Five defendants were charged with racketeering conspiracy, mortgage fraud and money laundering. They are Kurosh Mehr, 52, of Charlotte, Ann Tyson Mitchell, 61, of Charlotte, Nathan Shane Wolf, 41, of Charlotte, Purnell Wood, 41, of Palmyra, N.J., and Donte Thorogood, 34, of Durham.

DEFENDANTS WHO PLEADED GUILTY
Of the defendants who pleaded guilty, nine are charged with mortgage fraud conspiracy and money laundering conspiracy. They are Danielle Nicole Vaughn, 34, of Greenbelt, Md., her mother, Mary Ann Vaughn, 58, of Charlotte, Robert Mahaney, 52, of Ridgeway, S.C., Shannon Lee, 47, also known as Somer Bey, of Charlotte, Marcia Williams, 36, of York, S.C., Phillip A. Wellington, 46, of Charlotte, Crystal Goodson-Hudson, 44, of Kannapolis, Sean Dalton Williams, 41, of Orangeburg, S.C., and Holly Hardy Pasut, 56, of Charlotte.

Pasut’s attorney, Peter Anderson, said: “Pasut is a well-respected real estate agent that trusted in the wrong people and failed to adequately protect herself. Before this investigation, she was unaware of how broad federal criminal laws can reach, and while she has admitted to doing certain violations, she has fully accepted responsibility through her plea agreement. She was unaware of the larger scheme in which others were obviously involved.”

Goodson-Hudson’s attorney said she accepts responsibility for her actions and is cooperating with authorities.

Defendants pleading guilty to a charge of mortgage fraud conspiracy include: custom homebuilder Mark James Wittig, 41, of Matthews, William T. Wellington, 30, of Amityville, N.Y., Kevin A. Smith, 46, of Oxford, N.C., Jamaine Wallace of Conyers, Ga., and George Moore, 44, of Charlotte.



Federal prosecutors announced charges Wednesday against 17 more defendants in a massive mortgage fraud investigation involving luxury homes in Mecklenburg and Union counties.

An additional 14 defendants charged in connection with the long-running investigation, known as Operation Wax House, also have agreed to plead guilty, according to the U.S. Department of Justice.

The charges and plea agreements announced Wednesday bring the total number of defendants charged in Operation Wax House to 81. Defendants include builders, mortgage brokers, real estate agents, appraisers, attorneys, straw buyers, a notary and a bank employee.

The charges also show the scope of alleged illegal activities is far broader than previously described.

The Enterprise, as authorities call the scheme, operated from about 2005 to the present and engaged in an extensive pattern of racketeering activities consisting of investment fraud, mortgage fraud, bank fraud, money laundering and distribution of illegal drugs, according to U.S. Attorney Anne Tompkins. Members of the Enterprise also bribed bank officials and committed perjury before the grand jury, the prosecutor said.

Those involved agreed to buy homes at their true price and then arranged buyers who would pretend to have the assets to buy the homes at an inflated value, generally $200,000 to $500,000 higher than the actual price. At closing, the participants would split the difference. Many of those homes later fell into foreclosure.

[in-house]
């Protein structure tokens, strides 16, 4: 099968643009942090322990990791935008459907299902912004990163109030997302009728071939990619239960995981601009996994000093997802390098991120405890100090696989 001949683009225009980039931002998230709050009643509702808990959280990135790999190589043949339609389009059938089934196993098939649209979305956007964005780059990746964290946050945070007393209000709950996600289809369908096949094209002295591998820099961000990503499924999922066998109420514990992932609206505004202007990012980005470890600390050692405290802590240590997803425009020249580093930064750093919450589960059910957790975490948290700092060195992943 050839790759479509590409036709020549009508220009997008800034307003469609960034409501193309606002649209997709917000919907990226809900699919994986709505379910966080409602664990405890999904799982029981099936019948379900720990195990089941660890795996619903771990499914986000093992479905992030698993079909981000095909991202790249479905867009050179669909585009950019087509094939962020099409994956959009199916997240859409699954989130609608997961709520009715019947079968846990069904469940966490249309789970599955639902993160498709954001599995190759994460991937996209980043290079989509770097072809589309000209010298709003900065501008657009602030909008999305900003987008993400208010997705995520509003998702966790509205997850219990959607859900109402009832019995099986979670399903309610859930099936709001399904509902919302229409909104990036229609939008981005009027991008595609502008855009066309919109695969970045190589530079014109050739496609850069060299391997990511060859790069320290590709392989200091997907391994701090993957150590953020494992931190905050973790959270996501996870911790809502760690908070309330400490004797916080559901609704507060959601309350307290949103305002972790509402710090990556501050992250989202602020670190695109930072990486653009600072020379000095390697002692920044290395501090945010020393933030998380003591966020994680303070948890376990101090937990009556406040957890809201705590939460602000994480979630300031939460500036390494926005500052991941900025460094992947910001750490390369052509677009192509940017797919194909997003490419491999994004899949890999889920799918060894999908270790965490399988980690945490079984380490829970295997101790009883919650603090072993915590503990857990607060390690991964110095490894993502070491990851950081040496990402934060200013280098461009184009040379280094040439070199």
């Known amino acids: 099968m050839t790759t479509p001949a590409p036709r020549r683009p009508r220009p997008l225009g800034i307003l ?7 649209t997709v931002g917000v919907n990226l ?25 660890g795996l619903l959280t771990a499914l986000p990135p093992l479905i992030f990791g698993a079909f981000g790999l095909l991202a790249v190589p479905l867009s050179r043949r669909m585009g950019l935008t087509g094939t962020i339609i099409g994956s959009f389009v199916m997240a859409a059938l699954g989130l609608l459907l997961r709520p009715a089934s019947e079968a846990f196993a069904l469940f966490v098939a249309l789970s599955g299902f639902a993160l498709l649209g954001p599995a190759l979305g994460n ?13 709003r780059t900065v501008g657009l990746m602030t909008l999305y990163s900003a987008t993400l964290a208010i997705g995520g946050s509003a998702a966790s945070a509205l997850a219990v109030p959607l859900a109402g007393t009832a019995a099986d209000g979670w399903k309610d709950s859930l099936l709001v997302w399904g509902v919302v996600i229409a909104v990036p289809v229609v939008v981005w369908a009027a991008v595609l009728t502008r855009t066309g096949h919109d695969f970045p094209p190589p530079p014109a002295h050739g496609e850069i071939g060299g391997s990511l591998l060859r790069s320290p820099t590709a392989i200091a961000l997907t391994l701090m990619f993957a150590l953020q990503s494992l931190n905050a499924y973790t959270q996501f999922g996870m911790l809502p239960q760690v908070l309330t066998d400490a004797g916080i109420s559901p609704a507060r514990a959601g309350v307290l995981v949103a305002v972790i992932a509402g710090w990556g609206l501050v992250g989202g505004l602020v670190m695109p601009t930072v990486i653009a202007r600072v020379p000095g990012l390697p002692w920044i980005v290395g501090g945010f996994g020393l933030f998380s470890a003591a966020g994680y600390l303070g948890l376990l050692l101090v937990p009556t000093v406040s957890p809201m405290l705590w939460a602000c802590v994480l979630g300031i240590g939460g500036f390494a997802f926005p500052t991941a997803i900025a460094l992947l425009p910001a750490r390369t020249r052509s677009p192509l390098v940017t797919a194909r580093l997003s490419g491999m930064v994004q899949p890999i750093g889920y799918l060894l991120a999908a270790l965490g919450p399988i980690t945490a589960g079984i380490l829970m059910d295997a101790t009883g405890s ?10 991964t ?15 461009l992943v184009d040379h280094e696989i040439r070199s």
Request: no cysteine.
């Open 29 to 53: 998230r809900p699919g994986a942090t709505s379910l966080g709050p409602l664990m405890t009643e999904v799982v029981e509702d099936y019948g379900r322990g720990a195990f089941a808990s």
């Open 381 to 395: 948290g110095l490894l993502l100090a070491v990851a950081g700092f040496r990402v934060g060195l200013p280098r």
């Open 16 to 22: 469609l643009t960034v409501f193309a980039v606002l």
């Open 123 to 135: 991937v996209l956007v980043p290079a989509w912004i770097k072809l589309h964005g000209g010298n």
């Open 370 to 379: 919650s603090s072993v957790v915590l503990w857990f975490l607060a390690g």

The crimes involved some 80 homes and $100 million in loans, prosecutors have said. Affected neighborhoods include Chatelaine, Firethorne, Piper Glen, Providence Downs South, Skyecroft, Stratford on Providence and Woodhall.

The Internal Revenue Service’s criminal investigation division assisted in the investigation, which is ongoing.

Subscribe to The Charlotte Observer.


#598 rippadonn

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Posted 27 October 2012 - 12:00 AM

Some people need to see it hit close to home to believe it, so there it is.

#599 venom

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Posted 27 October 2012 - 12:16 AM

I'm reading reports that the children of CNBC Exec Kevin Kim were murdered yesterday...exactly one day after the $43 Trillion Lawsuit story went public...sounds fishy to me. They're saying it was the 50-year old nanny, who they found bleeding from what they described as "self-inflicted wounds." I'm not buying it...this is way too coincidental. These are sick sick people we're dealing with.

http://www.cnn.com/2...aths/index.html

#600 xlightsoutx

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Posted 27 October 2012 - 02:31 AM

I'm reading reports that the children of CNBC Exec Kevin Kim were murdered yesterday...exactly one day after the $43 Trillion Lawsuit story went public...sounds fishy to me. They're saying it was the 50-year old nanny, who they found bleeding from what they described as "self inflicted wounds." I'm not buying it...this is way too coincidental. These are sick sick people we're dealing with.

http://www.cnn.com/2...aths/index.html




Alright, this is far too much of a coincidence here. Break a big story through your news station...and your children are found dead the next day. That is fishy as hell. This is the first time I cannot honestly say "well, it still doesn't lend much credibility to this 'secret society' talk". No, this definitely does. I'm legitimately wondering how far up this goes at this point to hit a family like this with so much security. Maybe the nanny did do it...but to self-inflict (according to the article) stab wounds to the neck is very odd. Slitting your own throat, sure. But stabbing yourself in the neck just doesn't seem natural, even for the deranged suicidal person, let alone a mentally disturbed/POSSIBLY COMPROMISED person. I say possibly compromised, because it IS a possibility this nanny was talked into this, since she was an in for these assholes.